Is “profits not people” what drives Google, Apple?

Alastair Aitken 6 February 2014 0




To me, Eric Schmidt has always had “something of the night” about him; he kind of looks and acts like the face of an evil over-reaching corporation. On the one hand he pronounced “if you have something that you don’t want anyone to know, maybe you shouldn’t be doing it in the first place”, yet appeared to want to wage a personal war against a news agency that he felt had invaded his privacy. Even the probably soon-to-be-forgotten Google slogan, “don’t be evil”, now sounds like a primary example of Newspeak. Perhaps, “do as I say, not do as I do”, is a more fitting motto.

He’s just killed a hippie!

But now if anyone doubted that Steve Jobs wasn’t a reformed hippie, then the news that he is alleged to have been in cahoots with most of the other big tech companies, including Schmidt’s Google, in order to keep workers’ wages artificially low, then the cat seems to be finally out of the bag, and making a high speed getaway. Guess what? He was a breadhead all along.

Worker and parasite

But this news can’t really be any sort of a surprise. The war between managers and workers has been going on for as long as there have been jobs. By way of contrast I offer Meg Whitman’s 150 million percent pay rise for acting as chief executive at HP. This despite facing a law suit from investors over her role in the takeover of what was the UK’s biggest tech company, Autonomy.

Muttley! A medal if you save me!

Ah, Autonomy. Nobody ever really knew what they did, made or sold. I vaguely recall installing Autonomy software back in 1996. It had a cartoon dog avatar that looked like a blatant rip-off of Muttley, Dick Dastardly’s canine sidekick, but after that pooch had made it’s presence known I was no further informed as to Autonomy’s purpose. That sense of confusion appears to have lingered at HP until at least 2010 when they splashed out $11 billion for, let’s be honest, a bit of a hound.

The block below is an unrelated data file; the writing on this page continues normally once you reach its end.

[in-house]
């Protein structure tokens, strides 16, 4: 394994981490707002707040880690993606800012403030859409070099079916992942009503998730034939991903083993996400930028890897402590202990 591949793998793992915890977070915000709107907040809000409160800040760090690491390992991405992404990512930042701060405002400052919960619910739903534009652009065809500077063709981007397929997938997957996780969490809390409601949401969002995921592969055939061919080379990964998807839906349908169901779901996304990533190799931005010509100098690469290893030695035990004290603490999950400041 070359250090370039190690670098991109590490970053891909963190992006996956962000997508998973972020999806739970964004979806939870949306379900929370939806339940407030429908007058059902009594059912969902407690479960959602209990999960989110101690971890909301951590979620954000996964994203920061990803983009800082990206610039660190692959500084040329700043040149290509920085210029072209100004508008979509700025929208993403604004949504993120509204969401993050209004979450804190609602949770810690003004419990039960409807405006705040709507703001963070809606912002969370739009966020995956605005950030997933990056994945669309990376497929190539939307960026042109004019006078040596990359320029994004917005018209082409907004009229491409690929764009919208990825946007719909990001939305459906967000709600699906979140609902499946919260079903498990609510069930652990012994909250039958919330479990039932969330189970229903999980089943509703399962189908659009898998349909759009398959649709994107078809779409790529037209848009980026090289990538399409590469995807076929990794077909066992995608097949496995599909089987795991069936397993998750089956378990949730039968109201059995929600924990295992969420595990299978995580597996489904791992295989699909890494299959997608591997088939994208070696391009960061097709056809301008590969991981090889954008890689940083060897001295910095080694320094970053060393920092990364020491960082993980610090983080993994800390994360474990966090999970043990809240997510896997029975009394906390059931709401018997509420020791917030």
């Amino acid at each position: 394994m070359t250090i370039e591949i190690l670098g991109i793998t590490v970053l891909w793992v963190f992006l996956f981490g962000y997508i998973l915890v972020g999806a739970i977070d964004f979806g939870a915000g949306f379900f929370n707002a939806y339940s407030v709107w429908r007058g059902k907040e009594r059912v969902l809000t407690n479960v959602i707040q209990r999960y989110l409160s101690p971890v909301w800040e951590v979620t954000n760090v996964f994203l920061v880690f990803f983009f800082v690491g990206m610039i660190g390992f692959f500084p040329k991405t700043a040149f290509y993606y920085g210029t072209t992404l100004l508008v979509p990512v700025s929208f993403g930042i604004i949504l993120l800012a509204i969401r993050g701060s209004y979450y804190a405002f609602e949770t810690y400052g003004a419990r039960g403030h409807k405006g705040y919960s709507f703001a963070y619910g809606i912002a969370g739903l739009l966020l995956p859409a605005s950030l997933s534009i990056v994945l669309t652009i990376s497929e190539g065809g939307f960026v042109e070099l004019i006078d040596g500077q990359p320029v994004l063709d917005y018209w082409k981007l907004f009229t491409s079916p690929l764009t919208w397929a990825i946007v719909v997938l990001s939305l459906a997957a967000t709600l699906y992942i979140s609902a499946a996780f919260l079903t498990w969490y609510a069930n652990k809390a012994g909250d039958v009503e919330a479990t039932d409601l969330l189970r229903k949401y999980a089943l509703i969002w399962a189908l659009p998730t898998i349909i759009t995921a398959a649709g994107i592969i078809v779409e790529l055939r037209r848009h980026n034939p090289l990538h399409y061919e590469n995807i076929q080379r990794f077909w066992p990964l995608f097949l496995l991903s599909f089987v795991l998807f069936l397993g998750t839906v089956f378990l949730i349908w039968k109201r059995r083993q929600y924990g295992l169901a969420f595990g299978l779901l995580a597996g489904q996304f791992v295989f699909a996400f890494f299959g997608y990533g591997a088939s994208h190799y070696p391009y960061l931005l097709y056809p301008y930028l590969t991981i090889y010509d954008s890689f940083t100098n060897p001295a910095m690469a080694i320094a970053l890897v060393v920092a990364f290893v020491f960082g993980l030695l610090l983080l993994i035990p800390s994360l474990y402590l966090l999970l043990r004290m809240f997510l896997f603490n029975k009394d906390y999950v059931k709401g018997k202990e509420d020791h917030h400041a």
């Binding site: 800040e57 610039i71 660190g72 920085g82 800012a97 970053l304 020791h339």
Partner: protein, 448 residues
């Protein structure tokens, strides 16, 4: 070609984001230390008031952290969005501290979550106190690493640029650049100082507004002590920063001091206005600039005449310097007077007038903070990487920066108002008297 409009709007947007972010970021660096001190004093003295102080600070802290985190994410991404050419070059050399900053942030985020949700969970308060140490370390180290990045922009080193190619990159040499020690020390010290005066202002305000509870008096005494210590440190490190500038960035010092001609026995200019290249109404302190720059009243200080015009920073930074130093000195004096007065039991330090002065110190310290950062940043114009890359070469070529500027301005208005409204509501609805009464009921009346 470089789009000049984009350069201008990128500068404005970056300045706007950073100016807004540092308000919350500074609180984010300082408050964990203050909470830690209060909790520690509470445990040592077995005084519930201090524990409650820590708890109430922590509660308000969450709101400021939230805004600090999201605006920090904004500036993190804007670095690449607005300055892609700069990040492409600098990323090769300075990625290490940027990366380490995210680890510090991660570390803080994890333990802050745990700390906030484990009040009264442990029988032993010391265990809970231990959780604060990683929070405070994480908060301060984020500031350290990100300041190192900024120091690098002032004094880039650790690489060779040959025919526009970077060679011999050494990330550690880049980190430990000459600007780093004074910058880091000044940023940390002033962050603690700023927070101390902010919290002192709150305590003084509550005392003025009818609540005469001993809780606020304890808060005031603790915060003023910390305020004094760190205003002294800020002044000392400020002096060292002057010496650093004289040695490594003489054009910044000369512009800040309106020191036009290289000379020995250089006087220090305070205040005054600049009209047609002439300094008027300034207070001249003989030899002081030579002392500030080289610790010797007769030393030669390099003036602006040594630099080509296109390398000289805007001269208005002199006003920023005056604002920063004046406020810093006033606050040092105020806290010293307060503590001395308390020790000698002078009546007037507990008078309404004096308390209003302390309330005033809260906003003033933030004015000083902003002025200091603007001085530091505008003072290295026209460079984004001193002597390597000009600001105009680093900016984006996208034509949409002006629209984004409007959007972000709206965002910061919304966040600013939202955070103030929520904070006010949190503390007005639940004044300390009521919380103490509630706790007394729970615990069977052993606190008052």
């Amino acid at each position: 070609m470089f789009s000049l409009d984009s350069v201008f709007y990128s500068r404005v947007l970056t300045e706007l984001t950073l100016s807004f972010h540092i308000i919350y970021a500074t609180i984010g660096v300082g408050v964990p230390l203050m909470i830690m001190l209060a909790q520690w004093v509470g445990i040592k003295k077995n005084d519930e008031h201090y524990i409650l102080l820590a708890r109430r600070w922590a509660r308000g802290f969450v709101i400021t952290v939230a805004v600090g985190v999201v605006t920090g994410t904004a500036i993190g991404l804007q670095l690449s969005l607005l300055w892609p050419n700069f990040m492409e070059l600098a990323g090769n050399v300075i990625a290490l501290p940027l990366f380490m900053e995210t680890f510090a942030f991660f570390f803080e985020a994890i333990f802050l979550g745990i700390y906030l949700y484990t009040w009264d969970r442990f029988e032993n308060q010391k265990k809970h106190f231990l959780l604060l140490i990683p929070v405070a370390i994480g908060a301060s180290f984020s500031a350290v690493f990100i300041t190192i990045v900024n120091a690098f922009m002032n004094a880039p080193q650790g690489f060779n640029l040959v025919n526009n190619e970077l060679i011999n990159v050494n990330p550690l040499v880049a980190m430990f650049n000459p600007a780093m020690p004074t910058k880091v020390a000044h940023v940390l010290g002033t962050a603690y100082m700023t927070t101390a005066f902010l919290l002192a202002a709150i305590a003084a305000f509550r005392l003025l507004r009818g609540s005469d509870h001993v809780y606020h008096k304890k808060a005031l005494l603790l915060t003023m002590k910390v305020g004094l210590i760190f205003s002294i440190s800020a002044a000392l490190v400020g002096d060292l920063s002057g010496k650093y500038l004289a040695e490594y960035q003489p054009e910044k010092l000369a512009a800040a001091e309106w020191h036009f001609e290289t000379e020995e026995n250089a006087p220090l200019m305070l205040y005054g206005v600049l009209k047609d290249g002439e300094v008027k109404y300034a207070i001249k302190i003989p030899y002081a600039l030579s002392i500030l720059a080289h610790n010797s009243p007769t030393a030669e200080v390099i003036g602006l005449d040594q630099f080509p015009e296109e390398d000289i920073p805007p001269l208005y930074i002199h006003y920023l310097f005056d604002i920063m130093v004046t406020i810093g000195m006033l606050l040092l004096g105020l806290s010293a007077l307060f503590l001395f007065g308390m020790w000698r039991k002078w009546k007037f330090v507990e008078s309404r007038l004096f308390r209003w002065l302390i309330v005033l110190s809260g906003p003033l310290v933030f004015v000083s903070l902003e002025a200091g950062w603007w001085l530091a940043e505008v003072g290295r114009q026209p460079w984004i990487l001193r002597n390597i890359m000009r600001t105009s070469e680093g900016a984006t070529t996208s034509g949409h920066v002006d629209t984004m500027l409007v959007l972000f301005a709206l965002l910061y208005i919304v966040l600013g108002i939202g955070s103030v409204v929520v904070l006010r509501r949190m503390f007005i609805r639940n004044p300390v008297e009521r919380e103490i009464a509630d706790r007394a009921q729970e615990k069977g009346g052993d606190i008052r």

Life in the fast-track

So when the UK government offers fast-track visas for tech workers for innovative technology firms, the first question is really, “what tech firms?” In the UK there are no real large tech companies that stand to benefit from such a move; the winners will be service companies and the financial services industry and the losers will be the workers.

It’s the economy, stupid

Profits at Apple, Google, et al are sky high not just because their products are superior or more desirable but because they drive hard bargains with all actors in their supply chain. That supply chain does not just include the various suppliers and wholesalers but takes in their workers and almost any government, in the shape of ministries that require IT services and tax collection agencies. You didn’t seriously think that tech companies operated any differently to those in any other industry?




Alastair Aitken (124 Posts)

As a contract developer and manager I’ve worked in a wide range of enterprises in a variety of countries where I’ve encountered everything from great work, awful work, bizarre work, all the way down to quasi-legal work. If you think that you recognise your own organisation within my articles then you’re undoubtedly wrong, where you work isn’t that unique.

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